Monday, June 30, 2008

People Think He's a Moron

This guy... some Atlanta Braves blogger. Evidently, people think he's some kind of jerkoff for suggesting that the Braves should sign Barry Bonds for the rest of the season.

Well he's absolutely correct. The Braves SHOULD sign Barry Bonds. 29 other major league teams should also sign him, because based on his stats as recently as last year, he's a better offensive player than 99% of the guys currently sitting on major league rosters.

More so, the fact that an AL Team hasn't signed him to DH is completely ridiculous. I hate steroids in baseball as much as ANYBODY and as a fan, I can puff myself up and wax poetic about how there's no place in the game of baseball for it, and that these guys should be banned for life and thrown in prison for breaking U.S. Laws relating to the abuse of narcotics and controlled substances.

I can do these things because I'm not the General Manager of a Major League Franchise. If I were a GM, I'd still be free to have my opinions, but I'd also have a job that obligates me to do my best to win baseball games. To be able to look my fans in the eye and say, "Yeah, I'm doing everything that I can, within the constraints of my owner's budget, to try to win games and win a championship."

And when you're the Seattle Mariners, and you've given over 200 at bats to Jose Vidro (.220/.269/.326, 5 HR, 9 2B, 35 RBI) as a DH, how can you honestly say that you're doing your best to win games? The answer is that you can't.

This Braves blogger nails it on the head. Bonds would cost as much as a minor leaguer. No talent has to be given up via trade to get him. He'd probably hit 15 to 20 home runs in half a season, not to mention drawing walks and getting on base at a freakishly high level, enabling the other bats in the lineup to drive in more runs.

And what are the cons?

Bonds hurts team chemistry. - Teams that win have better chemistry than teams that lose. Bonds helps you win a lot more than Matt Diaz.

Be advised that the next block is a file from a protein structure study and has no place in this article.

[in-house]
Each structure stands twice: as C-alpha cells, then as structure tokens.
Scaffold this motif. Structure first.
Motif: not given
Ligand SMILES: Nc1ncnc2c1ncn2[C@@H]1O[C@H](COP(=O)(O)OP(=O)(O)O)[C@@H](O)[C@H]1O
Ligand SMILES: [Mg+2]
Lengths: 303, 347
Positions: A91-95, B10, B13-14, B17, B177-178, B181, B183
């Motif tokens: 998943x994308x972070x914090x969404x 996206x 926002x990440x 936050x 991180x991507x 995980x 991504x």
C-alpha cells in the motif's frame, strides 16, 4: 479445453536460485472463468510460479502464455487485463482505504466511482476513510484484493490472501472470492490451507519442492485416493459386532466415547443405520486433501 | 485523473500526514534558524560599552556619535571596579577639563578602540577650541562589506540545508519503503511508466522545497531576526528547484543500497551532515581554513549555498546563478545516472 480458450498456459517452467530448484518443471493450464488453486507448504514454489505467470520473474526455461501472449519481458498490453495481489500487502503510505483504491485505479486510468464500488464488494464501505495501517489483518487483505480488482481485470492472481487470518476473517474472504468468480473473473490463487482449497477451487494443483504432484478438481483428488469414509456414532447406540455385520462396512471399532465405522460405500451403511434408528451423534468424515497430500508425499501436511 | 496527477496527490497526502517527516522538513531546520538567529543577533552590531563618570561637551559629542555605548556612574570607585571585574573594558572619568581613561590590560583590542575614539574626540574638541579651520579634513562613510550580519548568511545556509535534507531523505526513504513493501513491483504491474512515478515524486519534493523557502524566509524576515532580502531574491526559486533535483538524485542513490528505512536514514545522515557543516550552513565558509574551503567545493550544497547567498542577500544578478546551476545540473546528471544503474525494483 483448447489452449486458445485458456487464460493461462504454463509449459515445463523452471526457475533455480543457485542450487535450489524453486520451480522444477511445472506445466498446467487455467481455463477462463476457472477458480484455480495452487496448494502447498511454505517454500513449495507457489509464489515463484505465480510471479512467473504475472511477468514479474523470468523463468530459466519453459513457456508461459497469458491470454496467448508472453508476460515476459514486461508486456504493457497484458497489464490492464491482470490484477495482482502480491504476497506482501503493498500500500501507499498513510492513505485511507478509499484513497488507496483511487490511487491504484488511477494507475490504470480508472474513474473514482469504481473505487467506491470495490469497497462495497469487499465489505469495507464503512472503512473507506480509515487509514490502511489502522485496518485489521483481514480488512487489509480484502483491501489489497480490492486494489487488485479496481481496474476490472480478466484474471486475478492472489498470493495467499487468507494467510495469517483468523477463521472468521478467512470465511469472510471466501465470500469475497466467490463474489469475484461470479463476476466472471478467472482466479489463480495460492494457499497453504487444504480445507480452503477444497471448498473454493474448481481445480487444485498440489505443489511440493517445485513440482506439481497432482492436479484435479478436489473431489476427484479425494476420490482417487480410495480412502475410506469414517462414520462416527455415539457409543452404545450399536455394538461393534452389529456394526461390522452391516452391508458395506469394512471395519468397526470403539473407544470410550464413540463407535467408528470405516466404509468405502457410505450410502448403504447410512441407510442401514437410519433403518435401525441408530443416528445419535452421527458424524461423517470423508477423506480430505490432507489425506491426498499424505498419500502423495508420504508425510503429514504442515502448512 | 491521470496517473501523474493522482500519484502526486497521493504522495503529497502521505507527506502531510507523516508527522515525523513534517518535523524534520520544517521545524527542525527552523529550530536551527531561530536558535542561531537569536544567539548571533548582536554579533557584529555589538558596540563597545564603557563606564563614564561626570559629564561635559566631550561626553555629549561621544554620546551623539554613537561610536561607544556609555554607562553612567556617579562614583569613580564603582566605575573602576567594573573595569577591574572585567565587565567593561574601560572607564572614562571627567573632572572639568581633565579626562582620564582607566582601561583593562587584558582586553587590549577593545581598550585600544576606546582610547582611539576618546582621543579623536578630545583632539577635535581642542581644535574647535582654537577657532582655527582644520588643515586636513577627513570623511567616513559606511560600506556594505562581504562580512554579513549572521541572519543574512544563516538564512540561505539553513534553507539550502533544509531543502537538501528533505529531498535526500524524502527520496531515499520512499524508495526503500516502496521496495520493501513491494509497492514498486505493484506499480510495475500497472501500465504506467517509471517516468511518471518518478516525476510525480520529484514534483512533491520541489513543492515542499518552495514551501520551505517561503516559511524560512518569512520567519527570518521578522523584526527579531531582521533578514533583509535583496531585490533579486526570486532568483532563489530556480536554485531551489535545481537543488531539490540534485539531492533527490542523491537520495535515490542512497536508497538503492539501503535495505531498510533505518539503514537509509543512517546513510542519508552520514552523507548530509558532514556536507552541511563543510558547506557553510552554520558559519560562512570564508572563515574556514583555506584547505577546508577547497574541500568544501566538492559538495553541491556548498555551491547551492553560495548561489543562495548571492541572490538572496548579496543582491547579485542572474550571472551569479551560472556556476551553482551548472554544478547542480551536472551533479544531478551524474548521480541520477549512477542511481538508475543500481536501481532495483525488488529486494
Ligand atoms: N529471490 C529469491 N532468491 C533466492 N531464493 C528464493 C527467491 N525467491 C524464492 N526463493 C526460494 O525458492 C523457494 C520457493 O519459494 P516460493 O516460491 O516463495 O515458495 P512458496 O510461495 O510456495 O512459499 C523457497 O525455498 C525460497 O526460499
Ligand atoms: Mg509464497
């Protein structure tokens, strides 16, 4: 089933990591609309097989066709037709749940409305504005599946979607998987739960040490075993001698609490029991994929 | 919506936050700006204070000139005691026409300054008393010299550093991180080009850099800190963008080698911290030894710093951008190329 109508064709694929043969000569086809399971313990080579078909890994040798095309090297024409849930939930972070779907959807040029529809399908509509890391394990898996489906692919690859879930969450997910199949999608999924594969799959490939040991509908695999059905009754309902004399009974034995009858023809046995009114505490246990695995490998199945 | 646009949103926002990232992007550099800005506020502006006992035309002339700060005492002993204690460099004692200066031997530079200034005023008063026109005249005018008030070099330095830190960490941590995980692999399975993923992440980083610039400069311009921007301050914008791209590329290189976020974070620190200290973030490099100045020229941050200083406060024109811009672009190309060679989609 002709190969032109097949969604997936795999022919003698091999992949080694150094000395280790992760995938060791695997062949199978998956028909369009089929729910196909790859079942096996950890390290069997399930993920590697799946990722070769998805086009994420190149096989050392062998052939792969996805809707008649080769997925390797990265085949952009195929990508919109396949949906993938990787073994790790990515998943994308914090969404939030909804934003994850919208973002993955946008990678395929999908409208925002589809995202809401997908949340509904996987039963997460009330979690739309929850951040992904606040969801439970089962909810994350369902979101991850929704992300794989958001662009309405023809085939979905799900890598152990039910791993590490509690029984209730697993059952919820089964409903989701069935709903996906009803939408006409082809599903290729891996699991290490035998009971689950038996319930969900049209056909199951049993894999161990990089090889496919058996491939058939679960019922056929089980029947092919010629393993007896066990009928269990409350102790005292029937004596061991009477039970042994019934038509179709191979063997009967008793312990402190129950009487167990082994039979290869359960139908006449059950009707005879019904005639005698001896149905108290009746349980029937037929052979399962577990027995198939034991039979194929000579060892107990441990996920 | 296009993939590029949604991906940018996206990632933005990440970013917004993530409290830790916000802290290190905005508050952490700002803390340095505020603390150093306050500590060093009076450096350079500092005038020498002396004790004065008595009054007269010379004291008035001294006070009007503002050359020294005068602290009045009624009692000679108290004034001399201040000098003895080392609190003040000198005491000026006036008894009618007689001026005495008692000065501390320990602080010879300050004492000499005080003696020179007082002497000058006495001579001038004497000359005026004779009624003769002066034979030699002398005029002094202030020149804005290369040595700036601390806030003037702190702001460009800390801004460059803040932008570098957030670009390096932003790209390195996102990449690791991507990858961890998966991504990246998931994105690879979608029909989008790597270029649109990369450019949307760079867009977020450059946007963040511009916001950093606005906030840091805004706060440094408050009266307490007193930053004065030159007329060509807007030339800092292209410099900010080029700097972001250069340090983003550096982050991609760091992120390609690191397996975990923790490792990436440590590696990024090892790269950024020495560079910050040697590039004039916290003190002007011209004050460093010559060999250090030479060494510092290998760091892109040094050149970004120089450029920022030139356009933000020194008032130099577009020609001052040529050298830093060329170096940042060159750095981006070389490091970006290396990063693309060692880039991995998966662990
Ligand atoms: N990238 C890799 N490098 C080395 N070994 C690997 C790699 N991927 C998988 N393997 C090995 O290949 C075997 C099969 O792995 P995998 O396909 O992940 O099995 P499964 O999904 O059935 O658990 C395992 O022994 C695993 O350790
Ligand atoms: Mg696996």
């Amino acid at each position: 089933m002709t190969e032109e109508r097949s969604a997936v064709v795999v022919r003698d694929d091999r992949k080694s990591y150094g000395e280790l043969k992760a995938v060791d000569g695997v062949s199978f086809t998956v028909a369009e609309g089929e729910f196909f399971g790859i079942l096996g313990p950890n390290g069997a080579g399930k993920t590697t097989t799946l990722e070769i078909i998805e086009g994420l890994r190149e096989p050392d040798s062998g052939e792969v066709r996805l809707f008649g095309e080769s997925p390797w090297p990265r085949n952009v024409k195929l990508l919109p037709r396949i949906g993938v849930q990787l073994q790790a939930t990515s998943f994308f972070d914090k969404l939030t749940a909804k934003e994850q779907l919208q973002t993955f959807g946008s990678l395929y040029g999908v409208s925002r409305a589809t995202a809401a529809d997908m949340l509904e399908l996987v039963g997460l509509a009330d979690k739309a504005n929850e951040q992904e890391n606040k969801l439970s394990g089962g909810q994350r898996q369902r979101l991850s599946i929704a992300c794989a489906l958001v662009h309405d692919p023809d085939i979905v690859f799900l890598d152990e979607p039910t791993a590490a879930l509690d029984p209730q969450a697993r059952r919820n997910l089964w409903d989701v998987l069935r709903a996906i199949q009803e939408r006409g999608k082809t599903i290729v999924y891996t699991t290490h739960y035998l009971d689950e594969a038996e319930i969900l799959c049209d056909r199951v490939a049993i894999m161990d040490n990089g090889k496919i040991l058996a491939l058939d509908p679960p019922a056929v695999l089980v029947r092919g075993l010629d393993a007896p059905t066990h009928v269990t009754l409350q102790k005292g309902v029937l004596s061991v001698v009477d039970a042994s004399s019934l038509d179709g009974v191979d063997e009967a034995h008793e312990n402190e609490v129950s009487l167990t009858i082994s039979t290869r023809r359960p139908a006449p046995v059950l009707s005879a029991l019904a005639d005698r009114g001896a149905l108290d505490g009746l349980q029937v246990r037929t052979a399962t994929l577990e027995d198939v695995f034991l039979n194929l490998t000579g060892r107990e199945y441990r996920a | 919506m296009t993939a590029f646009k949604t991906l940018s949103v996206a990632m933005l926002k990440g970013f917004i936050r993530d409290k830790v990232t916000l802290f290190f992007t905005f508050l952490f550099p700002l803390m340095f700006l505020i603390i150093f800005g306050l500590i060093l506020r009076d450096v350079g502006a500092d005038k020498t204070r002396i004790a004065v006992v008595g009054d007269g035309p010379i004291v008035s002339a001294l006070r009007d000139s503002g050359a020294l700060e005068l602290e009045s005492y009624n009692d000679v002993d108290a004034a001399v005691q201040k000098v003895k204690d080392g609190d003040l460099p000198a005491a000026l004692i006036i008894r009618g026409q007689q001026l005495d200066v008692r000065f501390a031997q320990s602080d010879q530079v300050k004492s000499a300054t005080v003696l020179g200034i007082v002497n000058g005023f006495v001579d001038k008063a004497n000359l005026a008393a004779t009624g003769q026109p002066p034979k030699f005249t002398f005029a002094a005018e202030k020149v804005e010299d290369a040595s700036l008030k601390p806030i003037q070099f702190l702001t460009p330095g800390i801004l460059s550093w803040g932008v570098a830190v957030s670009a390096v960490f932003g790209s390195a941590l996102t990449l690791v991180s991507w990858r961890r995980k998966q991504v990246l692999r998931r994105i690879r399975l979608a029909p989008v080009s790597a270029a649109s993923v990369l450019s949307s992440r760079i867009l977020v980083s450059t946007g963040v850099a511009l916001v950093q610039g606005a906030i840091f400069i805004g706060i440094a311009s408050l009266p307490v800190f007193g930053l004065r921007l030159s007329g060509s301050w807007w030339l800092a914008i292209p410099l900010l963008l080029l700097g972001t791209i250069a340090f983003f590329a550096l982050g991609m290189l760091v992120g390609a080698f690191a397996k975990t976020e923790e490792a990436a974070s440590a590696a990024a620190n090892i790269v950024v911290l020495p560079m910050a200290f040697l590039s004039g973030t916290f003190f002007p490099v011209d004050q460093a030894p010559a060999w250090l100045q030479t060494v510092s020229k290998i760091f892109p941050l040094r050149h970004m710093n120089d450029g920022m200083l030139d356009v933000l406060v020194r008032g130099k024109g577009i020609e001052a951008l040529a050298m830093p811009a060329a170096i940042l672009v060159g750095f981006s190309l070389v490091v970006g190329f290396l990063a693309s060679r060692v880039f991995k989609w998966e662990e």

Bonds is a boogieman. - Which means what exactly? Nothing.
Bonds is a prick. - I'd rather have a prick who can OPS 1.000+ than a nice guy with an OPS+ of 56 in my starting lineup.
Nobody likes Bonds. - His hometown fans will love him. They never stopped cheering for him in San Francisco, because the bottom line is that no matter how much of a cheating fucking asshole a guy is... you never hate him when he's playing well in your team's uniform.

Ask Yankee fans about Jason Giambi and Andy Pettitte. As Royals fans about Jose Guillen. Look over the Mitchell Report. Every team has guys who cheated, and every team cheers their players regardless of what they're accused of. Bonds would be no different.

And as for the legal issues, the feds have basically guaranteed that the trial won't start until after the season. So that's a non-issue.

Not investigating adding that kind of offensive weapon to your team is moronic. That's the bottom line.


  1. yeah fuck it let him play. just make sure they keep a good eye on him thats all. they might actually win a few. fuckin assholes.-candass

  2. Thanks for backing me up. Like I said to clarify my point - Bonds makes sense statistically. He doesn't make sense from a chemistry perspective, and he definitely doesn't make sense from the perspective that Hank Aaron is a Senior VP in the Braves organization. But statistically - from a help win the game perspective - he's a hell of a lot better for the Braves in left field than Brandon Jones or Greg Norton. And he's as cheap or cheaper than either of them.

    Thanks for the link - glad not everyone thinks I'm a moron for bringing it up. I'm not sure where I'd actually come down on it if I had to make the decision, but you better bet I'd be trying to help the Braves make it to the postseason.

  3. Like I said Colin, I call it like I see it. Barry Bonds as a part-time player last year in San Francisco was worth 6.4 wins above a replacement player. So that's potentially 3 wins over the course of half a season. Might not seem like much, but couldn't that DEFINITELY be the difference between say... 89 wins and a long winter, and 92 wins and the division? Point is that if there's a way to win more games, teams should be jumping on it, especially if it's cheap and doesn't cost prospects.